A bit off topic but this troubles me and I never manage to get really good answers to this one.
Supposing that "All citizens have the legal right to marry a member of the opposite sex" is both the letter and spirit of the current law...how does one resolve the following edge cases:
1) A naturally-born hermaphrodite who can pass equally well for either gender based upon dress. Can such a person marry someone of either gender, thus being a direct contradiction to the spirit of the law? Or can such a person just not get married, thus suffering a grave injustice? Must the person choose a gender and stick with it for his/her entire life (which seems a bit arbitrary), and will the person be forced to get a divorce, by the state, if (s)he changes his/her gender-facade after getting married?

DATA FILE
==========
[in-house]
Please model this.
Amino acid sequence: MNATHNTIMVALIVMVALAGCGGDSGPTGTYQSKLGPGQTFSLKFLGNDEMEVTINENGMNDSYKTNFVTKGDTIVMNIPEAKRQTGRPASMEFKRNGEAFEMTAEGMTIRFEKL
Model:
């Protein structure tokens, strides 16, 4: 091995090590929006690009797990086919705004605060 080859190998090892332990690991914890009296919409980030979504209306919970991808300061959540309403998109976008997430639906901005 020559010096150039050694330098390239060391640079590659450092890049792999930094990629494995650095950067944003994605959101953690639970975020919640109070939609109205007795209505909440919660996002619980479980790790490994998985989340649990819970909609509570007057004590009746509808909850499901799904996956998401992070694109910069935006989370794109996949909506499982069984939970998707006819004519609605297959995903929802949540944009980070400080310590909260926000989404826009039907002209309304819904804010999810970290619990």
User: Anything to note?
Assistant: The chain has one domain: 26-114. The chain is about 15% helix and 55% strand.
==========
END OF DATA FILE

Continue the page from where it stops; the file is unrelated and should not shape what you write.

2) If a man has a gender-changing surgery and becomes a woman, what gender can she then marry? Can she marry a man now that she is a woman? Or must she marry another woman and have an ostensibly homosexual relationship due to being genetically heterosexual?
Reflection upon these edge cases makes it seem to me that the distinction between men and women isn't quite as absolute as the law would make it out to be. Since these things can be a bit ambiguous or even change, it seems like the law should just not take gender into account (at least for the issue of marriage).